The scuola houses one of Vittore Carpaccio’s two great Venetian picture cycles. In 1502, eight years after completing his St Ursula cycle (now in the Accademia), Carpaccio was commissioned to paint a series of canvases illustrating the lives of the Dalmatian saints George, Tryphone and Jerome.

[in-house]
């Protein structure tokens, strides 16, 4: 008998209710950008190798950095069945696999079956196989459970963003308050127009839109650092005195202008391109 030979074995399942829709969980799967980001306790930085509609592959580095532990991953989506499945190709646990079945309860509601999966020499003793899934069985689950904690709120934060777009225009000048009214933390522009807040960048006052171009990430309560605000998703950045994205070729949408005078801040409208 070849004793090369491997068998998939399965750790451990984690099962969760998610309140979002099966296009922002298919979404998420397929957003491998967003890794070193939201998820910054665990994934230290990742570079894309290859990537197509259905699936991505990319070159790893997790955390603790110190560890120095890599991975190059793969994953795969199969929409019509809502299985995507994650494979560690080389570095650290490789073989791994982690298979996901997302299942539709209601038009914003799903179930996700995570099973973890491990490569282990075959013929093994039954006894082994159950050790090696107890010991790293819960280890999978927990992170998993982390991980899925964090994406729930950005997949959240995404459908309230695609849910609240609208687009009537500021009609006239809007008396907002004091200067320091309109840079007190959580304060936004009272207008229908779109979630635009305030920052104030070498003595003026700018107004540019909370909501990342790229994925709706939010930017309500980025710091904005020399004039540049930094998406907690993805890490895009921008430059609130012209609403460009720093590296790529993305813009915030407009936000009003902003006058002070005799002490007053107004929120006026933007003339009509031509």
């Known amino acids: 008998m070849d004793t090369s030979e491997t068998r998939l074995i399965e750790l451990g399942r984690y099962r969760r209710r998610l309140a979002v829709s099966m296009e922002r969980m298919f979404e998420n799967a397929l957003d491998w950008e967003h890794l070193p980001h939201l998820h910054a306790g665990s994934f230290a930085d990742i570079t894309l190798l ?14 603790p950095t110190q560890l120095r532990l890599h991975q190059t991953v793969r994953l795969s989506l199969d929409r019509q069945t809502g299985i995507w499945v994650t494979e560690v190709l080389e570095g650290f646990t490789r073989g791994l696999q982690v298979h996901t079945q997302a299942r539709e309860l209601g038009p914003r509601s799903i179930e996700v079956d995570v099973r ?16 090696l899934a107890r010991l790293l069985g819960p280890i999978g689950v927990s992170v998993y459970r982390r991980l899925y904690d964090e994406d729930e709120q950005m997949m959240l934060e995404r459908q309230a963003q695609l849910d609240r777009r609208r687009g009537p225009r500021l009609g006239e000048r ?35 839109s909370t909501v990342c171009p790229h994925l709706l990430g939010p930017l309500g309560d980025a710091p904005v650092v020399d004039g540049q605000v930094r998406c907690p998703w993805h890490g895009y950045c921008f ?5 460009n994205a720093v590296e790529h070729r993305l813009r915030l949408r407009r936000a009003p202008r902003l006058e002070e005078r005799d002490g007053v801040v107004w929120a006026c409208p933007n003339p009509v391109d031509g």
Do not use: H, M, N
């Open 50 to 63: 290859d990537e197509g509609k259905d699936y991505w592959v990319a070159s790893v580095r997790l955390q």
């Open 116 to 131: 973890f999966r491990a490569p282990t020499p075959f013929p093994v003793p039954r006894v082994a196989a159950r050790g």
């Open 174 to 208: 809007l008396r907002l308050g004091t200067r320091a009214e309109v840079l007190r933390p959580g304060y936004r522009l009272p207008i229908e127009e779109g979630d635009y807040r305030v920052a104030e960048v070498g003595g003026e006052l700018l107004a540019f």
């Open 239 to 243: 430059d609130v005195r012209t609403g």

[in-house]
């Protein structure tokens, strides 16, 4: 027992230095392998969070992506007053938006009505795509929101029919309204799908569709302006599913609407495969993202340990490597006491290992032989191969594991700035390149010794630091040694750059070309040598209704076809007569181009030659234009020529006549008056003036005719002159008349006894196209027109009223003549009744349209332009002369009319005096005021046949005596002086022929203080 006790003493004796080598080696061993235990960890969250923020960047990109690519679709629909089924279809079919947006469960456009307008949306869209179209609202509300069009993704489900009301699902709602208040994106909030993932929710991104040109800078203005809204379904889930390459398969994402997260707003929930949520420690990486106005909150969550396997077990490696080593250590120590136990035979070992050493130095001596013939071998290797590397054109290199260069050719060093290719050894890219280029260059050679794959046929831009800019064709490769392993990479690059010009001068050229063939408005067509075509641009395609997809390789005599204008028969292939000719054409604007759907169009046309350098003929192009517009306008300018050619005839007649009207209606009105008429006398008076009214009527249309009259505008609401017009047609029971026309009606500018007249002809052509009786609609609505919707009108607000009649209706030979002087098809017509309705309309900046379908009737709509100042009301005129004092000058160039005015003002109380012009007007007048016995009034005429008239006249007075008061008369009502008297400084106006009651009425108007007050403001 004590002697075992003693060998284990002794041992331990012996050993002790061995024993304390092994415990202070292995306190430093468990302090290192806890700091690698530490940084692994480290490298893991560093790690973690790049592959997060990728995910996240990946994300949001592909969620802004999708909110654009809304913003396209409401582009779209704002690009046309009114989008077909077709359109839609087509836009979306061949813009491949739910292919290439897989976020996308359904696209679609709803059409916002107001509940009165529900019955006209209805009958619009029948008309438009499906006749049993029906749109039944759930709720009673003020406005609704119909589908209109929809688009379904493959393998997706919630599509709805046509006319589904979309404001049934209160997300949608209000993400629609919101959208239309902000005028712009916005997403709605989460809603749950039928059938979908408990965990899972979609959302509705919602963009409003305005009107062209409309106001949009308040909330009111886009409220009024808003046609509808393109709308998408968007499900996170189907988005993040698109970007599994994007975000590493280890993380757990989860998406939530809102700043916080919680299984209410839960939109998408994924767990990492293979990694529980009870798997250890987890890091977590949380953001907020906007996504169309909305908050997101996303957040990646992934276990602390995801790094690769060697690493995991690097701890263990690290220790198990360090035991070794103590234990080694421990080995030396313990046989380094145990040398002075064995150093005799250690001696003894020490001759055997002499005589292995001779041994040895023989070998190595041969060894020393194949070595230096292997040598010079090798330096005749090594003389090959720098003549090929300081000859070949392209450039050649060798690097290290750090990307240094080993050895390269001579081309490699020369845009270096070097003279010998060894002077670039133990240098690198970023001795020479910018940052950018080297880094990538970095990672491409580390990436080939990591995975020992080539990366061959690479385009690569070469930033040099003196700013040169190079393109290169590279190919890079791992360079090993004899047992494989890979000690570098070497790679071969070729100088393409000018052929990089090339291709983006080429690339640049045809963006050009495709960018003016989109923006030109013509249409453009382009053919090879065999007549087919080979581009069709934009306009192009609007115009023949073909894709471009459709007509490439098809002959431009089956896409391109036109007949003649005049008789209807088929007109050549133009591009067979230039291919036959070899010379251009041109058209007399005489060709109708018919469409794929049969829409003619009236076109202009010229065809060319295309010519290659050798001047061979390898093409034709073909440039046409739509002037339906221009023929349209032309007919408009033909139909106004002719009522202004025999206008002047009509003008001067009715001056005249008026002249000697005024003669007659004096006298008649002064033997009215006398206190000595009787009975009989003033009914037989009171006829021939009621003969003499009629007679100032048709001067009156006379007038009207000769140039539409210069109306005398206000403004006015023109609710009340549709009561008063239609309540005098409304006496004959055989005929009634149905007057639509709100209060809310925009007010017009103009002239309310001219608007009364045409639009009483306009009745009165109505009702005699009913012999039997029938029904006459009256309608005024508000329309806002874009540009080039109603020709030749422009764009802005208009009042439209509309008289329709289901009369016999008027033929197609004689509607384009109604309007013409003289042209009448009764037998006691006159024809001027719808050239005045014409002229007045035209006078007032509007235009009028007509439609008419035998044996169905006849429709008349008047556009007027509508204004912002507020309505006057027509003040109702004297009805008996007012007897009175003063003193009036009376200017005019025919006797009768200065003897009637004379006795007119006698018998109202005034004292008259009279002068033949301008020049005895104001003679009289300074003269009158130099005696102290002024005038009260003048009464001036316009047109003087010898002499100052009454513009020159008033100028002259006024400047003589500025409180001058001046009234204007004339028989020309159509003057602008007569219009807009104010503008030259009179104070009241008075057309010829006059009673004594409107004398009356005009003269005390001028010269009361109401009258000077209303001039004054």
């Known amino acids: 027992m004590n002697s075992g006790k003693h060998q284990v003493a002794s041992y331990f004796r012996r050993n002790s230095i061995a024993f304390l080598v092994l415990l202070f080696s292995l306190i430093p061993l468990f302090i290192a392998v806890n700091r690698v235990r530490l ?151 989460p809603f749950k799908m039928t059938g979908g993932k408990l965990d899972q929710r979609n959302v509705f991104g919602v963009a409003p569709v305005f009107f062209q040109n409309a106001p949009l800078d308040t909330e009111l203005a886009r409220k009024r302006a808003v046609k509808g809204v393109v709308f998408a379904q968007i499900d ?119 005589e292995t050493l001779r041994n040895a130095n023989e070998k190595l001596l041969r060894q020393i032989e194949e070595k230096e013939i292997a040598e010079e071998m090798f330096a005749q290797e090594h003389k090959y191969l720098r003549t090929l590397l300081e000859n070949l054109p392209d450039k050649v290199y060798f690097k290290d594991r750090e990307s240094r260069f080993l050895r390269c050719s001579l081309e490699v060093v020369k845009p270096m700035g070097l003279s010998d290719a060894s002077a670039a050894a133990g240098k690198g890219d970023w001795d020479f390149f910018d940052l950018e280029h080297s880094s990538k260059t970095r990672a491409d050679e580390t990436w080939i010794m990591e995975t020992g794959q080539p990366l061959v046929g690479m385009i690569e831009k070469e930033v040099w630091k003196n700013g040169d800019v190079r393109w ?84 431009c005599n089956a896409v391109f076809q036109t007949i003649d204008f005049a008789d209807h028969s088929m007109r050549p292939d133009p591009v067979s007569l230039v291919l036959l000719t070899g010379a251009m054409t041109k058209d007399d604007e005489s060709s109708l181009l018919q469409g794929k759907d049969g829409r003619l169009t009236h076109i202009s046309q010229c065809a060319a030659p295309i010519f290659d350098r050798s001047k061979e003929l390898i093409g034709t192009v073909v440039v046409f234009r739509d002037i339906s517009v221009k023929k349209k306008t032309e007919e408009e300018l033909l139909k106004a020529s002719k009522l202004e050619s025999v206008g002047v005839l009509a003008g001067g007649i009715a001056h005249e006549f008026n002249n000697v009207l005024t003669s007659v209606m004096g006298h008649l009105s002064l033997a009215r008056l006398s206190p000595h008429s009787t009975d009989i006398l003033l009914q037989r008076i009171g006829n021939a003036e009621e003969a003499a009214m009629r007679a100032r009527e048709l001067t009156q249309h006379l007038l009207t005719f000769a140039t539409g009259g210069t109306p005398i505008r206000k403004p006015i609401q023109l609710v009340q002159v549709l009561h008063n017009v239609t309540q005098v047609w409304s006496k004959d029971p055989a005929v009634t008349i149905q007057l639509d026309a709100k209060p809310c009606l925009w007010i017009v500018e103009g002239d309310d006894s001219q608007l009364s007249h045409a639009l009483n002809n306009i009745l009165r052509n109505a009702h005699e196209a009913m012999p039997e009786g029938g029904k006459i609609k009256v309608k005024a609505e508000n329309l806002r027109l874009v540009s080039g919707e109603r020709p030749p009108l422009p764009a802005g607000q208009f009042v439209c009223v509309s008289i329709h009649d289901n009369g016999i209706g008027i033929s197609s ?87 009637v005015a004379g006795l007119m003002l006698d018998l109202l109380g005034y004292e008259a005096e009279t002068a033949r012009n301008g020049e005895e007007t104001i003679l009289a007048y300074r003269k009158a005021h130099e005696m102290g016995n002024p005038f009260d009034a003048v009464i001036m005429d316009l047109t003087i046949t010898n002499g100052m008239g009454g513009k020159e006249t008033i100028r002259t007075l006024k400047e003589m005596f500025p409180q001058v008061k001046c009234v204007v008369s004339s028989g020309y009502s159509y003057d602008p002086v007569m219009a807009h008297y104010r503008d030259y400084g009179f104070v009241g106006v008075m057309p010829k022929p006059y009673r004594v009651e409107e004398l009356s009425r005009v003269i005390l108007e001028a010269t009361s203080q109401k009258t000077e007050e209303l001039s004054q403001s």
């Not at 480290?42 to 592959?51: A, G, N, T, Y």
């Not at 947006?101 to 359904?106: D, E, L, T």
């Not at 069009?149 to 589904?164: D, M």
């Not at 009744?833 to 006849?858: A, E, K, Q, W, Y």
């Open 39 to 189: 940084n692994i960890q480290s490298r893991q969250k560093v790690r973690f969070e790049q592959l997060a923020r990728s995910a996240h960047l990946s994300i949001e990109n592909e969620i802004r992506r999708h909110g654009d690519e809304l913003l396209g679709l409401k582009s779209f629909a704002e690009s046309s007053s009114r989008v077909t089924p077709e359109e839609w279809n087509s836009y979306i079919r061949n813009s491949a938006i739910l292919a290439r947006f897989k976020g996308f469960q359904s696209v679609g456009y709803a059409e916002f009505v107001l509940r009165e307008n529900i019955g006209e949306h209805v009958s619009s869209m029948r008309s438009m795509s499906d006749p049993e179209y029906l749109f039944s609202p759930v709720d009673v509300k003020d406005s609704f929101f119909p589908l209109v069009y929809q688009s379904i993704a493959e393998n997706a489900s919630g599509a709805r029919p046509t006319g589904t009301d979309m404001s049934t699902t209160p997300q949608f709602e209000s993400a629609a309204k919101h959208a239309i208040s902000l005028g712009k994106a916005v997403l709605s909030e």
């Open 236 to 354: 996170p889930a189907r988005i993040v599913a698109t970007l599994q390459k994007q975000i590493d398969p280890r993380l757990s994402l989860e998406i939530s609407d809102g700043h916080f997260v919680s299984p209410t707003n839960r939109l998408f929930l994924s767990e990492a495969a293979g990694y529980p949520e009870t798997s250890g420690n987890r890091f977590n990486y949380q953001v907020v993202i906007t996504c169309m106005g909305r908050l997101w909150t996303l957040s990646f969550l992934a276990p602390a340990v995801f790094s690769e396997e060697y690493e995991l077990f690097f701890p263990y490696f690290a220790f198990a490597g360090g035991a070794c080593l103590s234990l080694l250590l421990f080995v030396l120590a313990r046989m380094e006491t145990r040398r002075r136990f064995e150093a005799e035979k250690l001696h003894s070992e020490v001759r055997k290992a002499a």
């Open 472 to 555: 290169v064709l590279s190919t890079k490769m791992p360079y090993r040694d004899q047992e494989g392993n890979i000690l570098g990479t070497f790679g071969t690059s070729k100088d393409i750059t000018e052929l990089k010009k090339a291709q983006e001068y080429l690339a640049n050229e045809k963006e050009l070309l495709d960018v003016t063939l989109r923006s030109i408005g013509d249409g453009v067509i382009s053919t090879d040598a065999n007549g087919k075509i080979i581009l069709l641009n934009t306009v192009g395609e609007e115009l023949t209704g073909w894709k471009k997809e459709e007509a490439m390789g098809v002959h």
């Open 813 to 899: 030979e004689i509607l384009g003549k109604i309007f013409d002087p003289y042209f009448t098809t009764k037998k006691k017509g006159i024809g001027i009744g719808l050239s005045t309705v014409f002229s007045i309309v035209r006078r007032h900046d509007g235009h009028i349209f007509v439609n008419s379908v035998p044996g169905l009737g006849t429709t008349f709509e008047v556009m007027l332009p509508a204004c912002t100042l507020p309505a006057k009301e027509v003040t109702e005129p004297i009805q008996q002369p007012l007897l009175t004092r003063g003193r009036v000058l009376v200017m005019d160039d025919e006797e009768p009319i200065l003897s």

In the tradition of the early Renaissance istoria (narrative painting cycle), there is a wealth of incidental detail, such as the decomposing virgins in St George and the Dragon, or the little dog in the painting of St Augustine in his Study – with its paraphernalia of humanism. It’s worth venturing upstairs to see what the meeting hall of a working scuola looks like. San Giorgio degli Schiavoni still provides scholarships, distributes charity and acts as a focal point for the Slav community. Opening hours are notoriously changeable.